Crypto-currency – the income tax implications

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By Kim Reynolds and Michael Craig

With the ever increasing use of Bitcoin in various scenarios ranging from digital currencies to investment, a question that we find we are being asked more and more frequently is – what are the tax implications of venturing into the world of crypto-currency?

Well, the simple answer is…it depends! The ATO has now released some guidelines on the income tax implications and outline a number of situations where an individual may hold crypto-currency and the treatments upon sale. We discuss a few of these situations below:

Transacting with Bitcoin in your business

Currently the ATO takes the view that transacting with Bitcoin is akin to a barter type arrangement, and as Bitcoin is neither money nor a foreign currency it is treated in the same way for tax purposes.

Therefore, where you receive Bitcoin as a digital currency in exchange for goods or services, you will need to record the market value in Australian dollars as part of your income. Similarly, where you purchase business items using Bitcoin, any deduction will be based on the market value of the item being purchased.

But what if you are in the business of mining Bitcoin? The ATO considers the mining of Bitcoin to be a business venture and the tax treatment of such as follows:

  • Income derived from transferring mined Bitcoin to a third party is included as assessable income;
  • Expenses incurred in relation to mining Bitcoin are allowable deductions;
  • Losses from Bitcoin mining may be subject to the non-commercial loss provisions; and
  • Bitcoin held by miners is likely to be considered trading stock.

Also be careful if you are registered for GST! This will need to be considered in all situations when you are carrying on an enterprise.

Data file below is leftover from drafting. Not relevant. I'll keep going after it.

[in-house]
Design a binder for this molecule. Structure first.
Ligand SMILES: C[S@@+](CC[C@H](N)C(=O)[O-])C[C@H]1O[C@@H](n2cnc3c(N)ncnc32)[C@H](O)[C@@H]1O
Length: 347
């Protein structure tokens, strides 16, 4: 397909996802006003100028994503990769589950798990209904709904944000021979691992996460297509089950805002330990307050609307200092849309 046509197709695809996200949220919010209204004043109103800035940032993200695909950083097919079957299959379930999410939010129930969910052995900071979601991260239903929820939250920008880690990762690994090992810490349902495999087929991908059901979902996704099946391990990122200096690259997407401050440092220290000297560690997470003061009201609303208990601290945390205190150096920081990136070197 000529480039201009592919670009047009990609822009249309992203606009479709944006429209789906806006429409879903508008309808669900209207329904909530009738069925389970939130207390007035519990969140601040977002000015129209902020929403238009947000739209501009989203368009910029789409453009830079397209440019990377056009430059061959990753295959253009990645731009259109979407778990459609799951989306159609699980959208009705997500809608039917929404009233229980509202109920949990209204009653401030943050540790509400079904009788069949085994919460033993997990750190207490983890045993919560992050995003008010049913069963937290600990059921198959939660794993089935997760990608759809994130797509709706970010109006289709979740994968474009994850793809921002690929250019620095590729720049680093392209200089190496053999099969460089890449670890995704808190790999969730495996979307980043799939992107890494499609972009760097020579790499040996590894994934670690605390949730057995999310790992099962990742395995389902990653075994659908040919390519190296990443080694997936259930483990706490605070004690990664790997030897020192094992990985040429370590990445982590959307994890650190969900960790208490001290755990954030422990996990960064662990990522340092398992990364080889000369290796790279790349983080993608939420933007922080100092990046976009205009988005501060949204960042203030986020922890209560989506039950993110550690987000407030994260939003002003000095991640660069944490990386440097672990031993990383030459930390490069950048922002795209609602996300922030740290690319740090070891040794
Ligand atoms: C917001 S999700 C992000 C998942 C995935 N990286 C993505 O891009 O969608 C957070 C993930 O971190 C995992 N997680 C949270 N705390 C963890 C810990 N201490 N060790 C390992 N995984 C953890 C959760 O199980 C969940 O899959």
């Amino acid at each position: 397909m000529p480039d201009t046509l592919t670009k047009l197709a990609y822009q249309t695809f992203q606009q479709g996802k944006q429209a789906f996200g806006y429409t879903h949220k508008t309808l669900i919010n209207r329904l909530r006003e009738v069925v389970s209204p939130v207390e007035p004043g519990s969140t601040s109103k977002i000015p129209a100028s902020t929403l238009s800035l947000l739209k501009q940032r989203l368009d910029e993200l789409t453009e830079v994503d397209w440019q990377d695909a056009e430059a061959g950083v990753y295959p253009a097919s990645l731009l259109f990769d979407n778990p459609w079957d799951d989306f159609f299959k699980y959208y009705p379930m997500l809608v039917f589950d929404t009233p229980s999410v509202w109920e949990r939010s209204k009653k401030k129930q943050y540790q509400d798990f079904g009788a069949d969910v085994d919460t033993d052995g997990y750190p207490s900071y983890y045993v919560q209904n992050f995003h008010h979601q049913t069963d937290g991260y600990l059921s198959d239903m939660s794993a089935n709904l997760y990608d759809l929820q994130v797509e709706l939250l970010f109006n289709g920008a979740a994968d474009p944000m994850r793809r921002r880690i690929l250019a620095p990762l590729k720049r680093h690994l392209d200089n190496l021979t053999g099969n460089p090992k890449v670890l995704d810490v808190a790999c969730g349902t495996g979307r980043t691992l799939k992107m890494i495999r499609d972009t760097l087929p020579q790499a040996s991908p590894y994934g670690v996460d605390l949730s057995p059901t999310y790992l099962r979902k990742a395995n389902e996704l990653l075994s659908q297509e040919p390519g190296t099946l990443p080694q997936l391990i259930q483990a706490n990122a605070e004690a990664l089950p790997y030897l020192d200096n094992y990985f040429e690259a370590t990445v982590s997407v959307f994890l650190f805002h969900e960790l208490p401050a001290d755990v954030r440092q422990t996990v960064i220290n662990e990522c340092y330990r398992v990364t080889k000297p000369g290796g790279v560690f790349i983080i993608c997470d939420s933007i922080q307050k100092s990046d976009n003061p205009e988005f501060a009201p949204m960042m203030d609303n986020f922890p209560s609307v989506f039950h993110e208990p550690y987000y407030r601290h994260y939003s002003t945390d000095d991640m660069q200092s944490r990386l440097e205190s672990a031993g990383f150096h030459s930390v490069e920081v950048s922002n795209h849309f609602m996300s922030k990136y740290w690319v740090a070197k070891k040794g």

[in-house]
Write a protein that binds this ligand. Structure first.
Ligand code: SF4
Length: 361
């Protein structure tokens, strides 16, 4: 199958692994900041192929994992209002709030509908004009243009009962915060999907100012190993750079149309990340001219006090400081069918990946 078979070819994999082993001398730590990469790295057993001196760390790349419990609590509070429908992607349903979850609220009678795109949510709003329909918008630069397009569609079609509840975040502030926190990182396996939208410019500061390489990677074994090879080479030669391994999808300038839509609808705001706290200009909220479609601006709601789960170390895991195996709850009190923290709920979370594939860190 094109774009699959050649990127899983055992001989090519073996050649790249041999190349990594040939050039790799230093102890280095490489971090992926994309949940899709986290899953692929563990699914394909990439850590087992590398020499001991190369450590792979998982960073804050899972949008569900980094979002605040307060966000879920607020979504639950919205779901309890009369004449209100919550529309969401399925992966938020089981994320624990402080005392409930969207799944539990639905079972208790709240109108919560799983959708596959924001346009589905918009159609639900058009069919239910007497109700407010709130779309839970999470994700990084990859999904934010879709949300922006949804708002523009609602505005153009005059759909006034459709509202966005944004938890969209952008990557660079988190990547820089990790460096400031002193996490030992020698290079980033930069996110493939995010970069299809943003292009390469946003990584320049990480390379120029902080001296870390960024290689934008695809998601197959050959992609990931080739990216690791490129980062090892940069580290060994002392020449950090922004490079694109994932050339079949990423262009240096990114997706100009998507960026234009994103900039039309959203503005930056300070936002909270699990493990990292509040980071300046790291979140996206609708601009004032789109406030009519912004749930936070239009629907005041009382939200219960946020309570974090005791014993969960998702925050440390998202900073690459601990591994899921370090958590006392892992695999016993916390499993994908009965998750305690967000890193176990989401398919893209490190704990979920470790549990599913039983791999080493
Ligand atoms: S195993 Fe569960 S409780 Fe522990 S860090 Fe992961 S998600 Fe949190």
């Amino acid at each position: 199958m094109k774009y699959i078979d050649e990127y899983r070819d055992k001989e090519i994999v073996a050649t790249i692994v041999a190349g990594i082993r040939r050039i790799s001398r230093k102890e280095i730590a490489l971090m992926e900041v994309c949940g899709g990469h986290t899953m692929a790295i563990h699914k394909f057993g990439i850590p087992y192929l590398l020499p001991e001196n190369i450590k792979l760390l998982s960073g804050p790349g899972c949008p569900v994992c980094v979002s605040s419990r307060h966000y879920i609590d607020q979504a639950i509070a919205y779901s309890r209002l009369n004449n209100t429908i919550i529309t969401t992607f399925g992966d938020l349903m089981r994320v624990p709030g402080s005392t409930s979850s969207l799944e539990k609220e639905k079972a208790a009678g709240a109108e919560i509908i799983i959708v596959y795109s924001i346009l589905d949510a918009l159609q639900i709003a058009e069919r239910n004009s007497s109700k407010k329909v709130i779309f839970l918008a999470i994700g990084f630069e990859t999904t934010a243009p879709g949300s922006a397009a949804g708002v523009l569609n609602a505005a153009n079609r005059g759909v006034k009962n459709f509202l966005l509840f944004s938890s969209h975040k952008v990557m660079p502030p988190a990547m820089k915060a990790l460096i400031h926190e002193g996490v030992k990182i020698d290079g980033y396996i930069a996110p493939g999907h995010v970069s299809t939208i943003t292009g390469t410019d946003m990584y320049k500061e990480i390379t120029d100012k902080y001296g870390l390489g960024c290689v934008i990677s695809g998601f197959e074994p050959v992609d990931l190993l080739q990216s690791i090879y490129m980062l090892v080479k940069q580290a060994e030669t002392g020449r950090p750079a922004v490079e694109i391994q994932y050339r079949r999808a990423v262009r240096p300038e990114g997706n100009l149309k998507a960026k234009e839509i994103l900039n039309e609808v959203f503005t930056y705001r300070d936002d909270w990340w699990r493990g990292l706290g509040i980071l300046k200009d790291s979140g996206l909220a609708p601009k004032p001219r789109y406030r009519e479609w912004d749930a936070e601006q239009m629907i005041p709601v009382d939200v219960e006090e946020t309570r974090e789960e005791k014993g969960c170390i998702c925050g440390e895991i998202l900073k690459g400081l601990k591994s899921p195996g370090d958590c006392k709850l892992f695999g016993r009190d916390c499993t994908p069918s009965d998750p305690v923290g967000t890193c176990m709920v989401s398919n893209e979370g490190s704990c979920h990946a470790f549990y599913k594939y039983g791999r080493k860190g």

Bitcoin as an investment

In recent times the popularity of Bitcoin has skyrocketed with people chasing investment gains that are unprecedented in their returns. Your original intention on purchase is important in determining the tax treatment.

Where your intention is consistent with being a long term investor, then your investment gains will be more likely to be taxed as a capital gain and you may be entitled to the general 50% capital gains discount, for example if the investment is held for more than 12 months.

However, where your transactions amount to a profit-making undertaking or plan, then the profits on disposal of the Bitcoin will be treated like normal income.

Personal transactions

Where you are not in business or carrying on an enterprise, but are dealing with Bitcoin or other crypto currencies as a hobby, certain non-commercial loss rules may limit access to losses incurred. Also where the purchase cost is less than $10,000 and purely for personal use there will generally be no tax implications for transacting in Bitcoin.

However, transactions that are greater than $10,000 may be subject to tax implications on any disposal gains.

Want to know more?

In reality, the income tax treatment of crypto-currencies like Bitcoin is an evolving space with legislators trying to keep up with the level of activity – and, as such, it can be complicated.   If you want to know more about the issues discussed in this article, please contact Kim Reynolds our Business Advisory Director for assistance.

An Important Message

While every effort has been made to provide valuable, useful information in this publication, this firm and any related suppliers or associated companies accept no responsibility or any form of liability from reliance upon or use of its contents.  Any suggestions should be considered carefully within your own particular circumstances, as they are intended as general information only.

 

 

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